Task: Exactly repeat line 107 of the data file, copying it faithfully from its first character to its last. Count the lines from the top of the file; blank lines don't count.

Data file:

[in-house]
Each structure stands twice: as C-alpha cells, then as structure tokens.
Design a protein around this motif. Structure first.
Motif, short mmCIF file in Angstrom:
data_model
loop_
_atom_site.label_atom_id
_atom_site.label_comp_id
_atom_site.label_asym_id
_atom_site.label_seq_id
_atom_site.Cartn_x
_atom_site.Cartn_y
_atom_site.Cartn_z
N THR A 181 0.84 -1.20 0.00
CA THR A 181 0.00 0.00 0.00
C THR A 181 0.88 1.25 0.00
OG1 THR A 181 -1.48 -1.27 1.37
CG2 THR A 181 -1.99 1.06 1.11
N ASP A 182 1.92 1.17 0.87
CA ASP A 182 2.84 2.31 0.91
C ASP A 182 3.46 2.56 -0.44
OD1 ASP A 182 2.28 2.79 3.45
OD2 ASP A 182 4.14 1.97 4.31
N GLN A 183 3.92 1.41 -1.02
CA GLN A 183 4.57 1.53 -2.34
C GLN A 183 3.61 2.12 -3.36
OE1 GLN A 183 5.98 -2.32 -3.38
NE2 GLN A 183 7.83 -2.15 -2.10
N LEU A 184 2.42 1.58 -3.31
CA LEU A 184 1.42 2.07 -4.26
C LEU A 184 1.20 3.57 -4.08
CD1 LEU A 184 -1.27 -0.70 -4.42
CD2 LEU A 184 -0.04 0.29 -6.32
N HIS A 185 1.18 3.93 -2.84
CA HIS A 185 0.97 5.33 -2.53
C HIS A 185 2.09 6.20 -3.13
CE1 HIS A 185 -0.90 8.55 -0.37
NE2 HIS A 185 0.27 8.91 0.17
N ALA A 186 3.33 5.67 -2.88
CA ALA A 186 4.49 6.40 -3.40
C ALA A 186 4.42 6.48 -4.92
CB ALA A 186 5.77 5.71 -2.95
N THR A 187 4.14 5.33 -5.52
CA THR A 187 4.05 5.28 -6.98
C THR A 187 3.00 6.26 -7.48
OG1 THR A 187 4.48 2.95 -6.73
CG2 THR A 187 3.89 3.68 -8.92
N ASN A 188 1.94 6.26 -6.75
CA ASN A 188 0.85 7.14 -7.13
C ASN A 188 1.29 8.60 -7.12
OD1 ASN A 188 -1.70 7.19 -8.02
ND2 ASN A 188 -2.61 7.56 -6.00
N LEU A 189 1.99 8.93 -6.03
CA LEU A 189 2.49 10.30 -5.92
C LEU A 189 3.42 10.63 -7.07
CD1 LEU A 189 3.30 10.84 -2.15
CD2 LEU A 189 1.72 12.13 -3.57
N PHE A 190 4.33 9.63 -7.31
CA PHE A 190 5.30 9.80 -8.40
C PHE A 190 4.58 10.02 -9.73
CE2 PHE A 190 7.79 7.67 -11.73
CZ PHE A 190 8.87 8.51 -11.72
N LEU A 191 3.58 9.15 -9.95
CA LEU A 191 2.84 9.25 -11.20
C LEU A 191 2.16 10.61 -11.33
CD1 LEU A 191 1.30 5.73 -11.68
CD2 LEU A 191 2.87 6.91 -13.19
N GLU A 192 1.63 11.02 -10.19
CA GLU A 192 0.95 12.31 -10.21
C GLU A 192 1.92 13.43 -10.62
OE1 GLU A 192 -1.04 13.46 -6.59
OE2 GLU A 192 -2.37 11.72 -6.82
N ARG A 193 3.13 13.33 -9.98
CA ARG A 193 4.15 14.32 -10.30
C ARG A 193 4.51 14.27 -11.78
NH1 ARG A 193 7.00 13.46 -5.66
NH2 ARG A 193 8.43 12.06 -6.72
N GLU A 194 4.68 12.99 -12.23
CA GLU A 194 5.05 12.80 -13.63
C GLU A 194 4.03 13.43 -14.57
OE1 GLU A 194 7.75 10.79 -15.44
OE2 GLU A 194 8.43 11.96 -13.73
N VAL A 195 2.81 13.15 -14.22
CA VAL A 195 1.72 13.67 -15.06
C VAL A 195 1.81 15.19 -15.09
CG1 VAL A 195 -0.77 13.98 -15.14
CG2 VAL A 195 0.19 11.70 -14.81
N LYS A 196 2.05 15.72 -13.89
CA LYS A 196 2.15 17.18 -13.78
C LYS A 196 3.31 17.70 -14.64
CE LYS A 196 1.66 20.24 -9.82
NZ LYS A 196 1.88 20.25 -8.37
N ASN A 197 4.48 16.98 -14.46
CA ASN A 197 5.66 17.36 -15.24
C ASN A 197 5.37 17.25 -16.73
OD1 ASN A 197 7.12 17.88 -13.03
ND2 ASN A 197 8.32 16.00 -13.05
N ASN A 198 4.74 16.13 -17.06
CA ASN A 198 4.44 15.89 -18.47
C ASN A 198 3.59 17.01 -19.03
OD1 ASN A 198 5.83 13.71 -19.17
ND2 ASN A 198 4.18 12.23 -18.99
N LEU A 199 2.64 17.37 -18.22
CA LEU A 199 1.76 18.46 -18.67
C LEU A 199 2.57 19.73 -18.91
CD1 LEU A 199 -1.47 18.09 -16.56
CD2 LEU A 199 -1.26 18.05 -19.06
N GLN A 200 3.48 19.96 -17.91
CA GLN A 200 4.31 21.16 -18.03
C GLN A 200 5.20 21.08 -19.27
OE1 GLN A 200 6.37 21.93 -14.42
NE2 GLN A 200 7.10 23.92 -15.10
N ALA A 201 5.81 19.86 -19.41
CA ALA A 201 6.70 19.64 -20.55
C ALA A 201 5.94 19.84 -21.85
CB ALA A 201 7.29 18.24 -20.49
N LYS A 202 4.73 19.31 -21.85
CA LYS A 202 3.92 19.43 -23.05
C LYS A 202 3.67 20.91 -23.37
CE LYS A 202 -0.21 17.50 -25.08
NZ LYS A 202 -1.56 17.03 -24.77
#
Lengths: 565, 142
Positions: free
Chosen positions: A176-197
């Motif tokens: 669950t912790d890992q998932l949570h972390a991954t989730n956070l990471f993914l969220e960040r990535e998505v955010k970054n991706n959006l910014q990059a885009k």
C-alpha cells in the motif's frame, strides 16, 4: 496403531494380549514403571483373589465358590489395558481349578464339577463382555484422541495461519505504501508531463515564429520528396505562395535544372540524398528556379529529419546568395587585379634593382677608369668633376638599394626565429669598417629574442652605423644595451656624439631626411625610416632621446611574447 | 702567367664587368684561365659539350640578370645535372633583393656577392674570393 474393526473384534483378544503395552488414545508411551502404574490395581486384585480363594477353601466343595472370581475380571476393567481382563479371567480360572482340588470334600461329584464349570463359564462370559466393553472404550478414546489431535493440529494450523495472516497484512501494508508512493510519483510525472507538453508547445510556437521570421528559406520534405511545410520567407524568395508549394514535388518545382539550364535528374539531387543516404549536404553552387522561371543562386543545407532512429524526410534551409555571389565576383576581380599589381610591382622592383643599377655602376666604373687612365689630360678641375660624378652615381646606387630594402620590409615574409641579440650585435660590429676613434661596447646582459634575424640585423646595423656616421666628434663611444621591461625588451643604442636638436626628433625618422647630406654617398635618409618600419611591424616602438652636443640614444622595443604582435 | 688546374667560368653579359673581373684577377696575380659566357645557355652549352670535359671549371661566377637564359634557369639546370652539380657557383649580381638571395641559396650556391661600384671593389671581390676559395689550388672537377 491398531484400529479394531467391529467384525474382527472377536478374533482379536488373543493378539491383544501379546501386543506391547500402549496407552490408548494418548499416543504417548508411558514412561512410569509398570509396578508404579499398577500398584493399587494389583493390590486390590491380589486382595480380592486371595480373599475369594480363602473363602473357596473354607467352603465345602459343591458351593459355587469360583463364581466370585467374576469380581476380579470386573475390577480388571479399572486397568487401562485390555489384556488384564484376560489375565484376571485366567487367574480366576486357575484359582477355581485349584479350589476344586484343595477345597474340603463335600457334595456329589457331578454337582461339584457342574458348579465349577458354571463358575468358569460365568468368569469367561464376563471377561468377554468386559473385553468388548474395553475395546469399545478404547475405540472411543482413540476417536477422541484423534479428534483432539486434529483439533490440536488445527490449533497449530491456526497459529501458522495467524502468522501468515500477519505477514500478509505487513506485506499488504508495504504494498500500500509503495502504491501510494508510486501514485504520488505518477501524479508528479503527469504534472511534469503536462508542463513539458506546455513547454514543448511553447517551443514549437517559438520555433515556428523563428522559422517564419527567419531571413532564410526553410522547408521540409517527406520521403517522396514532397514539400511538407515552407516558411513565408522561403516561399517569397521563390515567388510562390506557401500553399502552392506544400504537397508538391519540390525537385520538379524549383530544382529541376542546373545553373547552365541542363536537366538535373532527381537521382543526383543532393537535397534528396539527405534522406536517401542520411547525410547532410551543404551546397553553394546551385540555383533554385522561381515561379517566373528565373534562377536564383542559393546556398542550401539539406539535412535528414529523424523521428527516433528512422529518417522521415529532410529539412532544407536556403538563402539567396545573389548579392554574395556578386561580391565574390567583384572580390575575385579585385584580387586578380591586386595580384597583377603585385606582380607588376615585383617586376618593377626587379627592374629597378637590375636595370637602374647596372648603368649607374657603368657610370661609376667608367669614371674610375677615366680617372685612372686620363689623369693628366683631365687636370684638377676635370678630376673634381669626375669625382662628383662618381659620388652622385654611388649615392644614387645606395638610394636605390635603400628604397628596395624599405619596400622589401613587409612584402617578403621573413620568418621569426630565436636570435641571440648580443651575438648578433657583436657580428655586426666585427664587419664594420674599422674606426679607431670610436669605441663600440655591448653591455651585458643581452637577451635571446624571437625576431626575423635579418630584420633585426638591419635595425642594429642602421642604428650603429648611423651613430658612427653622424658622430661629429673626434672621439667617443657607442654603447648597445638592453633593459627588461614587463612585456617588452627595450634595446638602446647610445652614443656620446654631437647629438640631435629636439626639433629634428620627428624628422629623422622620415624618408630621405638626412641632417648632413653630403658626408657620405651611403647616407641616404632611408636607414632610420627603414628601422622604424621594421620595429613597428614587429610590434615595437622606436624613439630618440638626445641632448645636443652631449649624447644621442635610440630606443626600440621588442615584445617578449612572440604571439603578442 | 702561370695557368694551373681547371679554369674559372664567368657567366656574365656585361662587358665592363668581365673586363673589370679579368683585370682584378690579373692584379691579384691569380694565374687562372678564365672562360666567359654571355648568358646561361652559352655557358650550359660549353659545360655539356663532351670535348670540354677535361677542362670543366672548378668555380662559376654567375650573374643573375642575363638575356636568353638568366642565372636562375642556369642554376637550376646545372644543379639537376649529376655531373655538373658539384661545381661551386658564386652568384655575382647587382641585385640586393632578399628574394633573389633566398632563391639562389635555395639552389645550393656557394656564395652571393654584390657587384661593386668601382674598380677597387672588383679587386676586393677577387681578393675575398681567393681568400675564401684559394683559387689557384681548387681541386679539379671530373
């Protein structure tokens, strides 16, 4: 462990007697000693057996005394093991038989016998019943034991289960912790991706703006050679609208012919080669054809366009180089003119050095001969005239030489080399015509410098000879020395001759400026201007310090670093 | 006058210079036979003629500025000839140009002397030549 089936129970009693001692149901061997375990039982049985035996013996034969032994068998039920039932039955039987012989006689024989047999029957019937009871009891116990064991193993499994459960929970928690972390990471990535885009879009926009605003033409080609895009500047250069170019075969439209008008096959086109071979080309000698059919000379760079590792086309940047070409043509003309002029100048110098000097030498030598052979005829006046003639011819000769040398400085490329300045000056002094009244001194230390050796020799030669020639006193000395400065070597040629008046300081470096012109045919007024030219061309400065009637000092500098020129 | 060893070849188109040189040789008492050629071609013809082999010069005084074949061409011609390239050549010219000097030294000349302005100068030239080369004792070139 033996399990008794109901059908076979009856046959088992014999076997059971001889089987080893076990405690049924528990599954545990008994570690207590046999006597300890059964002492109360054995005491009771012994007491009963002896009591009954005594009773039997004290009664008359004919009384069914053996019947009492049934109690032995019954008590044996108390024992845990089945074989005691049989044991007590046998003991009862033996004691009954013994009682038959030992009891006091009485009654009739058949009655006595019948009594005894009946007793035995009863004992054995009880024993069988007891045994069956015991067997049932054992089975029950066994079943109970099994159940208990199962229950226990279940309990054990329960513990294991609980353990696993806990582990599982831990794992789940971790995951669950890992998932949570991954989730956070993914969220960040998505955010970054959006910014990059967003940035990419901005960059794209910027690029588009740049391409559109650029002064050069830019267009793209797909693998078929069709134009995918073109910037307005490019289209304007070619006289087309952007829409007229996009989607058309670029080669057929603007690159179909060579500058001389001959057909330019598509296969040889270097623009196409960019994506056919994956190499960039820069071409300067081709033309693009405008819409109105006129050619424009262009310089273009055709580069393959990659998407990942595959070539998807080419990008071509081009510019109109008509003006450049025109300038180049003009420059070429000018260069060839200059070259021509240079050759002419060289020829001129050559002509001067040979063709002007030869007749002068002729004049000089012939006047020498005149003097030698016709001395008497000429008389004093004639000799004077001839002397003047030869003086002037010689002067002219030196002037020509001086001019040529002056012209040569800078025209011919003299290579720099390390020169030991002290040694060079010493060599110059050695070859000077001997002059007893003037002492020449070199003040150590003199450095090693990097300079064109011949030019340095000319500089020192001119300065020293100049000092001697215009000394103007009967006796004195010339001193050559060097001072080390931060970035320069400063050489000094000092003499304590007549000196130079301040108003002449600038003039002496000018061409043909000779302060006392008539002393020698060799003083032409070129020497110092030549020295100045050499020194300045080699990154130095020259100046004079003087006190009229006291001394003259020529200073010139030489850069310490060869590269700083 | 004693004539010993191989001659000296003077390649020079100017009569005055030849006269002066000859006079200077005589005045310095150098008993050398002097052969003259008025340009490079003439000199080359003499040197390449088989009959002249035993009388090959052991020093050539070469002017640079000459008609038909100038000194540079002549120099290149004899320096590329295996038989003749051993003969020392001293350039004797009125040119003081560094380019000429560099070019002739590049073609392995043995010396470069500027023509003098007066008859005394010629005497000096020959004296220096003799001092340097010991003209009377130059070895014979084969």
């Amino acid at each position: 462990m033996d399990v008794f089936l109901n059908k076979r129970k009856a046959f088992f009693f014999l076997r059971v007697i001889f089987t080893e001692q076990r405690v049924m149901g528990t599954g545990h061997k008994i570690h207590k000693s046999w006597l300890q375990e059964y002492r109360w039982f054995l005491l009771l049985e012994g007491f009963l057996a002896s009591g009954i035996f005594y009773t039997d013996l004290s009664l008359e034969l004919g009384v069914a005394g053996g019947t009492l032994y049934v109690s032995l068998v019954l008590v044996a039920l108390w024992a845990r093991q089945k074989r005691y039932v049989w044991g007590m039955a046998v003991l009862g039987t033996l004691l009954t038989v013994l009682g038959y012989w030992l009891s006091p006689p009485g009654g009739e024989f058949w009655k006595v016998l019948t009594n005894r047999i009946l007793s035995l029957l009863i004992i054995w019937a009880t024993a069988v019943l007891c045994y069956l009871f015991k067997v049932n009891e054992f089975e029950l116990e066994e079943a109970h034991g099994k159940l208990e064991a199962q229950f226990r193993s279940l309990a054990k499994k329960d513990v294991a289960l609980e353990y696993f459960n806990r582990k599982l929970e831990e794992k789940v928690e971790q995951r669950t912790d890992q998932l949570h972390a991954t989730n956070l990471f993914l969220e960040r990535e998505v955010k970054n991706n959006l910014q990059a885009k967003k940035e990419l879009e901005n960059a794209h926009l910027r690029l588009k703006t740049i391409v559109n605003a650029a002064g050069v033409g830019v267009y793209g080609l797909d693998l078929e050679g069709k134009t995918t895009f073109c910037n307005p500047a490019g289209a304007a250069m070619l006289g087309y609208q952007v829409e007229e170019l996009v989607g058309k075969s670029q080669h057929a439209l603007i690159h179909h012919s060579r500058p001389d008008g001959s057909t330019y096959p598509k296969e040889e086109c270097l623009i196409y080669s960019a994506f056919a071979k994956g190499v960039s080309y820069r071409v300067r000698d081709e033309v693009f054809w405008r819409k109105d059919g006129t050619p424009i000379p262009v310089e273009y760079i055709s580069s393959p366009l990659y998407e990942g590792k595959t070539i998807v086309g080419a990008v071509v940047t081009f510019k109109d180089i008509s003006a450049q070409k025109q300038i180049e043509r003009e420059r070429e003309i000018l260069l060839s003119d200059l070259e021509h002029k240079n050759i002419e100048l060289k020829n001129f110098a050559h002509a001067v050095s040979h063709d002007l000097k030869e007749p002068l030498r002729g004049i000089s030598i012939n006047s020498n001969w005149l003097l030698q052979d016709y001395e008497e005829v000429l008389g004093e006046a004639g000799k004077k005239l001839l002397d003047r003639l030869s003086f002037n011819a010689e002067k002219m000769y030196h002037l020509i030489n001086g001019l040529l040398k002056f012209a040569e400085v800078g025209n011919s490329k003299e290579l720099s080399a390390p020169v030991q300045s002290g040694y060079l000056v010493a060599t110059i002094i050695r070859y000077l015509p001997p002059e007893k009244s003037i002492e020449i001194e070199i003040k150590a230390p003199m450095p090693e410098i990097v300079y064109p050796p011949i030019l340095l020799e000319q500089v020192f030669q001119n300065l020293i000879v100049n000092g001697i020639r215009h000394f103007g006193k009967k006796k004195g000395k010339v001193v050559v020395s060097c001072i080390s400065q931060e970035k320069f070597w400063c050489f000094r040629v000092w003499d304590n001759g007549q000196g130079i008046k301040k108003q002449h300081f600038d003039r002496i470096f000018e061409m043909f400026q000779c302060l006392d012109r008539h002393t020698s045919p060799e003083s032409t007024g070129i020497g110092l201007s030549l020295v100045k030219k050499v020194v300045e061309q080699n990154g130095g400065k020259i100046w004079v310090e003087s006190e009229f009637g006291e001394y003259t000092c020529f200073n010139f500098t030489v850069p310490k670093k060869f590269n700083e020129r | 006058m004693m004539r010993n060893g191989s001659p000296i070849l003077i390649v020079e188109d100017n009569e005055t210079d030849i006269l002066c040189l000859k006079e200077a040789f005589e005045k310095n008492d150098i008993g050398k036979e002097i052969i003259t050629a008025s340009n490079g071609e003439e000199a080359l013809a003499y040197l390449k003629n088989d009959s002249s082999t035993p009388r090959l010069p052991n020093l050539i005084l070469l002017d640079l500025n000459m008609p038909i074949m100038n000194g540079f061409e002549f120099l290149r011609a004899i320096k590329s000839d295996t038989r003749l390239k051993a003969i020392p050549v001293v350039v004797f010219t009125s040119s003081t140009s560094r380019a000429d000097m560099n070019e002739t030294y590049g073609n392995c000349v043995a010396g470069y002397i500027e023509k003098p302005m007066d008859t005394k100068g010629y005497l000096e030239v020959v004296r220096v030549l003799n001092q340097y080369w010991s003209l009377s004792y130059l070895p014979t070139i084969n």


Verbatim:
CD2 LEU A 199 -1.26 18.05 -19.06